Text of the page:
Hypothetical Letter to My Number One Fan

Hypothetical Letter to My Number One Fan

tumblr_mmvgd99cVA1sr5i78o1_500So I have been doing research on pre-sales marketing, and perhaps the most interesting pointer I found was to imagine your number one fan, and marketing everything toward that  number one fan. What I decided to do was actually write a letter to my hypothetical number one fan who hypothetically wrote some fan mail to me about When Stars Die. I just thought it’d be a fun way to keep myself striving toward some pretty high goals for myself as well as a fun, unique way to speak a little bit about the book.

Dear Hypothetical Number One Fan,

I’m so happy to hear you enjoyed When Stars Die. It’s nice to know that you find Amelia a relatable character. She wasn’t really inspired by anything. She took on a life of her own. She had this goal, this almost impossible goal of wanting to be a professed nun, and so every action, every decision she made revolved around that. And she is very protective of her younger brother. It’s why she wants to become a nun. She believes that by becoming part of the Professed Order, she can become closer to Deus in order to cleanse her brother’s blood since he is a witch–and witches, in her world, are worse than murderers, after all. So it’s great to hear you can relate to that protective aspect of Amelia.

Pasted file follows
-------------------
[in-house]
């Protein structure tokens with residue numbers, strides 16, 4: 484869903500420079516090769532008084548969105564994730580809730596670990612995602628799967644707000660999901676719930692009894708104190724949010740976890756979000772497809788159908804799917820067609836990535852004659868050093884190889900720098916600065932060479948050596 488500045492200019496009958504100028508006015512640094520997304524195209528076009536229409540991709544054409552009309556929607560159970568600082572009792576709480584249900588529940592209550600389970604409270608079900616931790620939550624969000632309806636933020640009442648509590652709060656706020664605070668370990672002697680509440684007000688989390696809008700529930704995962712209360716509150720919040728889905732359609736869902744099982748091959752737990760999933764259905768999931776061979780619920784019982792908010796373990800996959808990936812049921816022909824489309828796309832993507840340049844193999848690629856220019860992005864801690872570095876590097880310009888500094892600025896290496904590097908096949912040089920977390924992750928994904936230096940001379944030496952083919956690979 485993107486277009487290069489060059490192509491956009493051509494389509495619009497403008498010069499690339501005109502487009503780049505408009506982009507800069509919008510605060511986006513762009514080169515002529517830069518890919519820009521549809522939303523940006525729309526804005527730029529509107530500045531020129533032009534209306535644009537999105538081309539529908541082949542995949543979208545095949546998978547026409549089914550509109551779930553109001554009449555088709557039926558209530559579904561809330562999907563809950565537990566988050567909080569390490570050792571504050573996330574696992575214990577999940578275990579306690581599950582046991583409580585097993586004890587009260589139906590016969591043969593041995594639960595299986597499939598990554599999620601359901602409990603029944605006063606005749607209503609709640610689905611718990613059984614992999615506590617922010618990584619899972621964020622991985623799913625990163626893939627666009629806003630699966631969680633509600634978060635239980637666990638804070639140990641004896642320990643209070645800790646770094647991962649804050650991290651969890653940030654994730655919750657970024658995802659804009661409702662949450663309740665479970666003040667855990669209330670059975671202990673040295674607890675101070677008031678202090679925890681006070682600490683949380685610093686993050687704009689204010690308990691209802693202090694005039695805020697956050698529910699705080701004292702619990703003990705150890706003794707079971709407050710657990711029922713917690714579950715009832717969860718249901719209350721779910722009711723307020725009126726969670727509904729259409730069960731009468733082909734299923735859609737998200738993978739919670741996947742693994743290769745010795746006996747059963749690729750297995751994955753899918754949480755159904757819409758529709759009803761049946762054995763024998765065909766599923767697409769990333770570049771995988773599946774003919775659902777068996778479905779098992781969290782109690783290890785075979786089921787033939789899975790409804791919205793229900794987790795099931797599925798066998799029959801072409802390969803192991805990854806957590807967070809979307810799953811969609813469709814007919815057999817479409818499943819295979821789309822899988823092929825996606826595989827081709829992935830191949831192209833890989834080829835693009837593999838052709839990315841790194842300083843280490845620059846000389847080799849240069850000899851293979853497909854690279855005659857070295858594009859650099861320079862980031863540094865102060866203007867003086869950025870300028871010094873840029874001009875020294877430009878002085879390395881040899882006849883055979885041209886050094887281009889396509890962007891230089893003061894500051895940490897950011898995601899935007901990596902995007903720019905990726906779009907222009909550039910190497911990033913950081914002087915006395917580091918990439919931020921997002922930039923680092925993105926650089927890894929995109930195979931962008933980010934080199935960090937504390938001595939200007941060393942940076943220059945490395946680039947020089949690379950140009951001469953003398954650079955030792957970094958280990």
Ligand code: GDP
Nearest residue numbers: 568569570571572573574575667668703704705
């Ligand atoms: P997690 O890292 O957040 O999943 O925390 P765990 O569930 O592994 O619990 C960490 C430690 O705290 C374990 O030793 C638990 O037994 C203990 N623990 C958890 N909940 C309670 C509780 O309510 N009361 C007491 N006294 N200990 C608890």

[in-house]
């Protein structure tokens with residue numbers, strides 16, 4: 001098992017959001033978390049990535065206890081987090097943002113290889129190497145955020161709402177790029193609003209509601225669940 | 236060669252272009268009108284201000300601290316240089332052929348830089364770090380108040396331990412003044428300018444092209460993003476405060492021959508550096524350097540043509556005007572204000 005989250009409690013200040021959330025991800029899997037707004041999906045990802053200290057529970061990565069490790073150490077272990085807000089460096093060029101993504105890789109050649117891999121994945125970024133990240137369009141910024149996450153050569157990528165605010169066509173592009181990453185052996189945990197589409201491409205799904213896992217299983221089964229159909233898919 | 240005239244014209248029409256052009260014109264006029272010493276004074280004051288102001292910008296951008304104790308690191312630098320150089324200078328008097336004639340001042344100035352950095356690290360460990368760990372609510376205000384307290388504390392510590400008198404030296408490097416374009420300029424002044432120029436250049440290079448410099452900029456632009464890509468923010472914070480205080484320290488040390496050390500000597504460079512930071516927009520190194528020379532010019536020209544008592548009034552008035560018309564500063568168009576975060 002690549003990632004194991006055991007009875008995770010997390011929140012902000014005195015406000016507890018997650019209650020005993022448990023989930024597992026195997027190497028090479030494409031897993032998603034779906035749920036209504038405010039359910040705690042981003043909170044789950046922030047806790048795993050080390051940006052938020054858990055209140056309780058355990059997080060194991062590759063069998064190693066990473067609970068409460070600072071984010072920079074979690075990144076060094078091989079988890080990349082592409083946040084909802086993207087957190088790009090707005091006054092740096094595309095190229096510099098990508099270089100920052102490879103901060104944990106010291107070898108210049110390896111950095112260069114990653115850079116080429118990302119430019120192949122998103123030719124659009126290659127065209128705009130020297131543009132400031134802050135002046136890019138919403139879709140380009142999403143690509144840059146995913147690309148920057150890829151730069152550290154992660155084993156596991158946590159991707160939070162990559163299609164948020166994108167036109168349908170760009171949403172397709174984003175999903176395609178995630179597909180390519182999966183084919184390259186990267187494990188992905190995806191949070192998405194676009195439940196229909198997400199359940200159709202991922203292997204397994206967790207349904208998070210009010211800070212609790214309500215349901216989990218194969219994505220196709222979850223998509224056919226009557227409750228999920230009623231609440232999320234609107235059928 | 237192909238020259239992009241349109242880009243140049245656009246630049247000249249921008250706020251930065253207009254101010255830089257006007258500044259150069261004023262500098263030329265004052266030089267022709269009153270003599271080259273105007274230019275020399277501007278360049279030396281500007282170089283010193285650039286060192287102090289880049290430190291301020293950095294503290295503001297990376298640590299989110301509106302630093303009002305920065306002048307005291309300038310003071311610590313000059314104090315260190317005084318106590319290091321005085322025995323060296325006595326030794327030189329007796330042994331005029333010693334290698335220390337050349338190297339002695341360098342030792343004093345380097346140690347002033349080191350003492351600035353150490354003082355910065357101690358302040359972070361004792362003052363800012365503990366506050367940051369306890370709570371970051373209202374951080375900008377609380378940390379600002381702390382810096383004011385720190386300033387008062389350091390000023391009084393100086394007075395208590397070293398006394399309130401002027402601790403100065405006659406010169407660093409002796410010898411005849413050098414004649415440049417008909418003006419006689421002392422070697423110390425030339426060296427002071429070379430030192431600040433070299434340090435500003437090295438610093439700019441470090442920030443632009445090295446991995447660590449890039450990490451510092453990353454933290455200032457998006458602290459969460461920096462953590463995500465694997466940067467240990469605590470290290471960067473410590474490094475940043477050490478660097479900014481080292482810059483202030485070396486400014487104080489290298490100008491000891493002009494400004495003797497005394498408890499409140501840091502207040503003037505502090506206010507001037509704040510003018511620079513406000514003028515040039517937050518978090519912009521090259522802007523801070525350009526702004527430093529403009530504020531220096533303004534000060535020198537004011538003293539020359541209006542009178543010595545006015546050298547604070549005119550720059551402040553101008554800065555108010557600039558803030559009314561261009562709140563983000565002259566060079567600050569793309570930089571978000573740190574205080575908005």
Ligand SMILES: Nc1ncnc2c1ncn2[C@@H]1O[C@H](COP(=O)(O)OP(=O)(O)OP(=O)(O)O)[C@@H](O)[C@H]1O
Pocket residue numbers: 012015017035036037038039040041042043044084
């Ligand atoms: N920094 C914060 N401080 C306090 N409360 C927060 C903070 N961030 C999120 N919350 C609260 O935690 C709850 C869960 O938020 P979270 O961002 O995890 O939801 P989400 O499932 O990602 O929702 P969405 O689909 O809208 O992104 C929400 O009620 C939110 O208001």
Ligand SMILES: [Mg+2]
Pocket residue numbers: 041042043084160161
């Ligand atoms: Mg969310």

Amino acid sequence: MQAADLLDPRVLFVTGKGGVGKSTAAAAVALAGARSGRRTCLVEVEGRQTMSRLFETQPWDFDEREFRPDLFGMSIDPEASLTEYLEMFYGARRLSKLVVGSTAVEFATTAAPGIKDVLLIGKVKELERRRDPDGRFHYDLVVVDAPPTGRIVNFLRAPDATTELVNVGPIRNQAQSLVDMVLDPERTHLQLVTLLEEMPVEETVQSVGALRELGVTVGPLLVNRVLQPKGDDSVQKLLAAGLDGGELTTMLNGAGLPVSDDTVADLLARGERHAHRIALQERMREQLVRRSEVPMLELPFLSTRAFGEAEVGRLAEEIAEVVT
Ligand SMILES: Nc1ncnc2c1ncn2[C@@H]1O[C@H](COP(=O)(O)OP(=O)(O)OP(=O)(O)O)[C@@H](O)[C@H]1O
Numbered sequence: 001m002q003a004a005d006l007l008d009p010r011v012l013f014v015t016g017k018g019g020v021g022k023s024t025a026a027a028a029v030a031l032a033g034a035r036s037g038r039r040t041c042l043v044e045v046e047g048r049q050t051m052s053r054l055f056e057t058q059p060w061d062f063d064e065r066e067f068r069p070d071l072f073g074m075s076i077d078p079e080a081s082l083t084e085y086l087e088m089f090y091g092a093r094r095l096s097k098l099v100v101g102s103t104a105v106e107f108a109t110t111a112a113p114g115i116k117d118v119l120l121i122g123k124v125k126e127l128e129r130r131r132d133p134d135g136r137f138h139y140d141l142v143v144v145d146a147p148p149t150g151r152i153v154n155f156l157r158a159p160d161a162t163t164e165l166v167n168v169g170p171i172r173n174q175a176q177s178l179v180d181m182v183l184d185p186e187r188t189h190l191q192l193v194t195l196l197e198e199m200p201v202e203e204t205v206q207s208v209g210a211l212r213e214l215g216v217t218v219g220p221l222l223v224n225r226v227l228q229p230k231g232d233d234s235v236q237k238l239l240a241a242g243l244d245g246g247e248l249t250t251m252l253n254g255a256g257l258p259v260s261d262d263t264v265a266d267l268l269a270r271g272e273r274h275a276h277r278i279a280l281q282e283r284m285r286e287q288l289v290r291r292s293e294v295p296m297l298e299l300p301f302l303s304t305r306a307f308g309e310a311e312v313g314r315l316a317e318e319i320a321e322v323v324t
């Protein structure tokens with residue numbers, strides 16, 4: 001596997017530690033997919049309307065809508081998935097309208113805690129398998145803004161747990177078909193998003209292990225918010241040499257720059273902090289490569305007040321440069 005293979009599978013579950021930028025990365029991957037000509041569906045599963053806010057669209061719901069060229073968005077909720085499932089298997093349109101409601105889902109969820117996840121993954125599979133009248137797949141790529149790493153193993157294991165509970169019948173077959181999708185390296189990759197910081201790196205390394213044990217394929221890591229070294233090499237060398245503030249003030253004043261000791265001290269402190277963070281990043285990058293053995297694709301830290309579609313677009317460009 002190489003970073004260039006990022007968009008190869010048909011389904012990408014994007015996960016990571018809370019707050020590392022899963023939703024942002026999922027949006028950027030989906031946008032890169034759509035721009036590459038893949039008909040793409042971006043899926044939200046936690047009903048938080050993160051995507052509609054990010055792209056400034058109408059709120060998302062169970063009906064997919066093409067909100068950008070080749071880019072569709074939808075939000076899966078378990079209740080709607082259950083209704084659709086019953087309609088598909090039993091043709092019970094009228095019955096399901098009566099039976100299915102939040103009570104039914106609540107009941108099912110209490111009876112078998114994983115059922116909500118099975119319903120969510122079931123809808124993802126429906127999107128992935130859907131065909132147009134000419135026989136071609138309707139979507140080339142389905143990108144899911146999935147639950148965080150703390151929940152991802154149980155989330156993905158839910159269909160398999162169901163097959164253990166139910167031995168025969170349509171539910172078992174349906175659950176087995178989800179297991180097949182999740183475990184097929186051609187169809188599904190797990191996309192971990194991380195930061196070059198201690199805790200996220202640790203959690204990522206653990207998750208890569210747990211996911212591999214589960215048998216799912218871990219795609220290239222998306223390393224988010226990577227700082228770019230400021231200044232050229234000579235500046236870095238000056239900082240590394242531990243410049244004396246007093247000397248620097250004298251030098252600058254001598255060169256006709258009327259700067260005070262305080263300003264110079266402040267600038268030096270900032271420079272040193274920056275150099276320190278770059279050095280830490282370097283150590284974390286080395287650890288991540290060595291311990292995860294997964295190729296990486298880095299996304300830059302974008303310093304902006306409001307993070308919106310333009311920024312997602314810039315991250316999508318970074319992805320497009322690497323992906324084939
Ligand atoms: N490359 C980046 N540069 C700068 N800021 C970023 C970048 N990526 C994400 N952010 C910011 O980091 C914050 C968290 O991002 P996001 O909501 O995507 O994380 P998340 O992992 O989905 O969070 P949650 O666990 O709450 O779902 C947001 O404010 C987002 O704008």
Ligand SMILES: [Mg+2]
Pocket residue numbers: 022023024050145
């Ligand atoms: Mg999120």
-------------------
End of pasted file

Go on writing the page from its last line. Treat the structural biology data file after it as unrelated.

As for the inspiration for my witches, well, I wanted there to be a reason for someone being a witch. I wanted witches to be mankind’s punishment for sinning. I wanted people to hate witches only because their religious text tells them–so, in essence, these people are brainwashed to hate witches. They don’t question their text because they’ve been inundated with it so strongly throughout their lives. It’s hard to undo something that has been imprinted from the time you are able to grasp and remember things. But I also wanted the witches to be taboo, for no one to speak of them. Propaganda is the only thing that reminds anyone of their existence. Cathedral Reims is filled with terrifying imagery of witches being strangled, burned, and impaled. I wanted fire to be the only way a witch can be recognized so that way I could create my own reason for why witches are later burned in the book–use their own terrifying power against them.